Red Flag Tip- If over 50% of the borrowers tradelines are authorized user accounts, be very careful
#5 – The Highest Credit Amount The Applicant Has On History is Very Low
If the highest credit amount is $1,200 or less, this means that the applicant has not been granted large amounts of credit in the past.
If the borrower has a very low high credit amount and they are claiming to have a high income or are financing something extravagant, this is another red flag of a possible synthetic identity
Red Flag Tip- Look for high credit amount of less than $1,000 and evaluate if it makes sense for this applicant given what they are financing and what they claim their income to be.
#6 – The Applicant Does Not Have A Mortgage
The lack of a mortgage on a credit bureau makes it at higher risk for synthetic identity. Not many synthetic identity fraudsters apply for mortgages because they have stringent identity requirements, including signing papers in front of a notary public.
Red Flag Tip- If an applicant has a mortgage on their credit bureau, it is low odds that they are a synthetic identity.
#7 – The Applicant Has A Very High Number of Recent Inquiries
A dead giveaway of synthetic identity is a high number of recent inquiries. If the applicant has more than 10 inquiries in the last 6 months and its a recently created credit profile, this is very suspicious, particularly if the applicant is over 30 years of age.
Why is this applicant applying for so many accounts when they didn’t have credit before?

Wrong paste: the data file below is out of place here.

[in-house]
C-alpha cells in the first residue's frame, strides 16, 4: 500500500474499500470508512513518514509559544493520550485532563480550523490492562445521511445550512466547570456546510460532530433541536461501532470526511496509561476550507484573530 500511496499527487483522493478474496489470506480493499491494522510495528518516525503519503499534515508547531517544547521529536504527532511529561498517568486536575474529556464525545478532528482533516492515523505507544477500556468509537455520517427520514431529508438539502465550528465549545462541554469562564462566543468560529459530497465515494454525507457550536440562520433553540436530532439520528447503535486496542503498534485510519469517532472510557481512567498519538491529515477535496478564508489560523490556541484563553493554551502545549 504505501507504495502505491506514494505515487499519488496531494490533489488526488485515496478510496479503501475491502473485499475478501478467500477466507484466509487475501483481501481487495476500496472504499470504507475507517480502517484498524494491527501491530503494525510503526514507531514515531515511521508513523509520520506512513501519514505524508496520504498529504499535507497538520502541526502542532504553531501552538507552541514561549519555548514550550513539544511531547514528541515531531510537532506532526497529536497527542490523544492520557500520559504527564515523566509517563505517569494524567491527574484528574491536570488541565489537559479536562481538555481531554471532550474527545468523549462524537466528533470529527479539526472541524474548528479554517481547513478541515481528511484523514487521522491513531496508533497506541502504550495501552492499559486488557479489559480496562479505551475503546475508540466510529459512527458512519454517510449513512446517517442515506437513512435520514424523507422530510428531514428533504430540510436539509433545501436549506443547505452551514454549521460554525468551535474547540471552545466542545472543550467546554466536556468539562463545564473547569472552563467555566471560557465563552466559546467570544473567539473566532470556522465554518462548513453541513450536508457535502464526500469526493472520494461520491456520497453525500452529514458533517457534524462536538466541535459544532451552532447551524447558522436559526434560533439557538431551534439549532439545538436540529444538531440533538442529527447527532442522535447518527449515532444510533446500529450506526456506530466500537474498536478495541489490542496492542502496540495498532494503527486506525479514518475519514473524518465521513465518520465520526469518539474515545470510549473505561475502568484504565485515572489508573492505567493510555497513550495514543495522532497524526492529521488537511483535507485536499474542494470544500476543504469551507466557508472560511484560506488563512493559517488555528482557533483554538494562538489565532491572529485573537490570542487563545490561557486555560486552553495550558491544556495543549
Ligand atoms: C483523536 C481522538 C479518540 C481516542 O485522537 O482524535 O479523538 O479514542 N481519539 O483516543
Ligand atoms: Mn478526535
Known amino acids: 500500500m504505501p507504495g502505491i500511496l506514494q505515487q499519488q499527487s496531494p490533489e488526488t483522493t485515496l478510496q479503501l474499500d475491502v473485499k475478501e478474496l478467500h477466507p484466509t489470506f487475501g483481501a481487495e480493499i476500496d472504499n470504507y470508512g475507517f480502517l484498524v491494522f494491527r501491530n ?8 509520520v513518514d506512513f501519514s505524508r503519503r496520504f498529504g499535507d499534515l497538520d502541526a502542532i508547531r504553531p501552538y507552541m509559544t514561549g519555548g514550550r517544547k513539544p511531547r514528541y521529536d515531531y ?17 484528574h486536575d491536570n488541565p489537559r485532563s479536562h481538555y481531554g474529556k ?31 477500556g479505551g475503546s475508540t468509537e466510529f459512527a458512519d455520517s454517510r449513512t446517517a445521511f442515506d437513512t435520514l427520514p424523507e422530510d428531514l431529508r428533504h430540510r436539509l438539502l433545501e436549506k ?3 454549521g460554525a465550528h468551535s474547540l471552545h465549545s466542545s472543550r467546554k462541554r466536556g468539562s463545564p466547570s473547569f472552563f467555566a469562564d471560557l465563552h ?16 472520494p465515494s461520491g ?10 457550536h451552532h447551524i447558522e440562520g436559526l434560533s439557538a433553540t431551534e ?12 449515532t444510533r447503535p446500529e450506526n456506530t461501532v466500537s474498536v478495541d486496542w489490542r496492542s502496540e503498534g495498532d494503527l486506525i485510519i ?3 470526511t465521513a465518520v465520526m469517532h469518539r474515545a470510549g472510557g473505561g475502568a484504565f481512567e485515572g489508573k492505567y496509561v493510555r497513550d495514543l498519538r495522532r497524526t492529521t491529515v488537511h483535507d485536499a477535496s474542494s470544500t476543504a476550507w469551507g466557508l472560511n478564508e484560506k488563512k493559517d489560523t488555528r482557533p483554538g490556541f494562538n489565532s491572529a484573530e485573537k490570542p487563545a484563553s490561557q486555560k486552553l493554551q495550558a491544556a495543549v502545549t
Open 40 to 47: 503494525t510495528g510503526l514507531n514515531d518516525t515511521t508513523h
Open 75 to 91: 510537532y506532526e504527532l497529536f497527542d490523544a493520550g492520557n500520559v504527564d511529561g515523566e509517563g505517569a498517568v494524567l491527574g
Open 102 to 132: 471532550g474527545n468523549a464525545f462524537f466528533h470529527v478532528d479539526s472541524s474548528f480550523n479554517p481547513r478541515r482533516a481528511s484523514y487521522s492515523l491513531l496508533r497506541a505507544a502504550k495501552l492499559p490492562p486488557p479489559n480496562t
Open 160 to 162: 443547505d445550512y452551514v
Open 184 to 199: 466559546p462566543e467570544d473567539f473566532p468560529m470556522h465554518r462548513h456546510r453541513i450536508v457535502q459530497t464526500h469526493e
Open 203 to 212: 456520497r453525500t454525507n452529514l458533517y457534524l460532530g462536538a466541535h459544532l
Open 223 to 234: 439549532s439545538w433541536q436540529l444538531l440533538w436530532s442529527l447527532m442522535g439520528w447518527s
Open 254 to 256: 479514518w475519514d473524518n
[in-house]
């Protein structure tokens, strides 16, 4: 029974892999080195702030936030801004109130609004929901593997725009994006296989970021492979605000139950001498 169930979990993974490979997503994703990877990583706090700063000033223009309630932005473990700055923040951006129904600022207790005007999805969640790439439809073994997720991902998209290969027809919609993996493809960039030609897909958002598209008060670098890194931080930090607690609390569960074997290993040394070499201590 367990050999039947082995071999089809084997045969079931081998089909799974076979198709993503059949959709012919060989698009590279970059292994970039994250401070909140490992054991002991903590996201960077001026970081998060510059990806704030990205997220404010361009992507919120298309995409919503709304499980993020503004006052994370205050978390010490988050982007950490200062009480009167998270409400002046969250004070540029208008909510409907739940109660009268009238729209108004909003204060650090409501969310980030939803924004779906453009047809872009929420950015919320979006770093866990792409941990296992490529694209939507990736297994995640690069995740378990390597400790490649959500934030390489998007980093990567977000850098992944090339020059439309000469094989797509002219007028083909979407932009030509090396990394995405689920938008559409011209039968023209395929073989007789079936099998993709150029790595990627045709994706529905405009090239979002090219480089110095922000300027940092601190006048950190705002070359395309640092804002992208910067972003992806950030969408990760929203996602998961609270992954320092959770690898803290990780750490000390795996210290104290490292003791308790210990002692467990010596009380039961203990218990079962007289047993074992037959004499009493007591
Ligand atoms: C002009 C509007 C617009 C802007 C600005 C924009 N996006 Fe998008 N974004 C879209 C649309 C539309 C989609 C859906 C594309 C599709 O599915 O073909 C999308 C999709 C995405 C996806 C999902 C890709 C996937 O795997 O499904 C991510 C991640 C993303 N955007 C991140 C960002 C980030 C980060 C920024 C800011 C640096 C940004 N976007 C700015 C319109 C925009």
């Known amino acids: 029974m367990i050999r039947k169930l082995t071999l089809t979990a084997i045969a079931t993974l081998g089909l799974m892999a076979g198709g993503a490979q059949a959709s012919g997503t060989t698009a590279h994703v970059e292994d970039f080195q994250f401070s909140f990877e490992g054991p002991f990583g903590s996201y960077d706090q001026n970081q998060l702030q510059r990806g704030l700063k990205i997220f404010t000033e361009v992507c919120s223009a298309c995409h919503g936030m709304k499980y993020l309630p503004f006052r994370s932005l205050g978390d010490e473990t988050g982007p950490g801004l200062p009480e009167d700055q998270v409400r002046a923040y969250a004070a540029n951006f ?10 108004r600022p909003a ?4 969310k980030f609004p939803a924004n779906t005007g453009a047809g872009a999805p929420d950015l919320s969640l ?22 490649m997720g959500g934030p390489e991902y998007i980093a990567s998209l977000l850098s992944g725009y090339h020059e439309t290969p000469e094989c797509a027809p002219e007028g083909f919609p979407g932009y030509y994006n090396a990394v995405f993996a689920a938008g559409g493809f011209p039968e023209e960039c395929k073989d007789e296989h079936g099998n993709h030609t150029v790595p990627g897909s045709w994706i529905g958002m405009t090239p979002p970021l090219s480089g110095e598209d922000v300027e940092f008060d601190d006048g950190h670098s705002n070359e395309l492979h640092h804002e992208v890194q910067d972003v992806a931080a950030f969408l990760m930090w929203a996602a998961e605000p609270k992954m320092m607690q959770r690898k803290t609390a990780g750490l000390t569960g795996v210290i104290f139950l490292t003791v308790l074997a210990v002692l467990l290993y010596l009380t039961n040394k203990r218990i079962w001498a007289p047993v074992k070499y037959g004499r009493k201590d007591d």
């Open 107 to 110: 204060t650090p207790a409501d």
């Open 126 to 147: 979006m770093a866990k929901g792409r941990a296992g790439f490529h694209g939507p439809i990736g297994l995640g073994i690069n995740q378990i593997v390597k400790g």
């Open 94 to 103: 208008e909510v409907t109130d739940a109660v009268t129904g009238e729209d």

Red Flag Tip- Car shopping is quite common and can result in lots of inquiries for an applicant. However, if those inquiries are spread out over several weeks, it could be a bust-out situation.
#8 – The Applicant Has Some Very High-Risk Bureau Alerts Related To The Social Security Number
Credit bureau alerts can have high false positives but keep your eye out for some of the better alerts that identify synthetic identities.
- The Social Security Number Was Issued before the Borrower’s Date of Birth
- The Social Security Number Appears on The Death Master File
- The Social Security Number Has Many Other Names Associated With It
- The Social Security Number Was Issued After 2011 (Randomized)
Red Flag Tip- The presence of bureau alerts is the icing on the synthetic credit profile cake. They can often be the dead giveaway you were looking for.
Here is A Handy Sample Credit Report To Show You What A Synthetic Bureau Might Look Like
I created this handy sample credit report to show you the types of red flags you might want to look for when you review a credit report.
Thank you for reading, and Happy Hunting for those Synthetic Identities!